Resource providers often provide read and write access to resources.
A resource provider should therefore not only validate the token (is it expired? is it revoked? is it valid? does it contain the required scope?), they should also check the token's privileges (does use XY have sufficient privileges for reading or writing resource ZY?).
Until now I have used the following workflow:
- Client receives an access token through the OAuth2 code grant.
- Client makes a request on behalf of the user to e.g.
- The Resource Service (let's call it User Postings) validates the token by making a request to the Authorization Server, confirming that the token is valid. The Authorization Server additionally passes metadata like the token expiration date, the token's audience, the token's scopes and the token's subject (e.g. User XY)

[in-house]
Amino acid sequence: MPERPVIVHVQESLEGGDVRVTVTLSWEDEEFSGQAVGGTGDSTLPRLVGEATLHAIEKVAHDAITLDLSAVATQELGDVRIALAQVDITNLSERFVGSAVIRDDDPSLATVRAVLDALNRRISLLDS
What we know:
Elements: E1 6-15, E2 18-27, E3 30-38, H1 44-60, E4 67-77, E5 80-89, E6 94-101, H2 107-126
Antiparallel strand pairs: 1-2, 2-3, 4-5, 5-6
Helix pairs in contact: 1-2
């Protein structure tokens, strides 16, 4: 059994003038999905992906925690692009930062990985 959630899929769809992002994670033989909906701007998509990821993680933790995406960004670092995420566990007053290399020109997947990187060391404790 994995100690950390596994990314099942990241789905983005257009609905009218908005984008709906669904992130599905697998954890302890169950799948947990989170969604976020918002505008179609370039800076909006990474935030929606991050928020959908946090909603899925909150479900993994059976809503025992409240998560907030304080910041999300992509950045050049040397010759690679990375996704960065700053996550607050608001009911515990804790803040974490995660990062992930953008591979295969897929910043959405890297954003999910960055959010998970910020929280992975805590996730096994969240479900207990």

- The Resource Service now validates that the subject (e.g. User XY) is authorized / allowed to perform the request. For example by checking an Access Control List or similar. For Example: Let's say User XY wants to update a user posting by User AB. This would for example be dis-allowed by the Access Control List.
- If validation passes, the Resource Server executes the request.
Is this a valid way of doing things or am I opening up attack vectors? Is it ok for the Resource Server to assume that the token's subject is the one to be considered the authorization request? Are there maybe best practices or standards for solving this?
I am currently confused, because I read OAuth2 is delegation only, not authorization nor authentication and that clients should not make implicit assumptions like "token XY belongs to user AB, so user AB is authenticated".
Any help is gladly appreciated.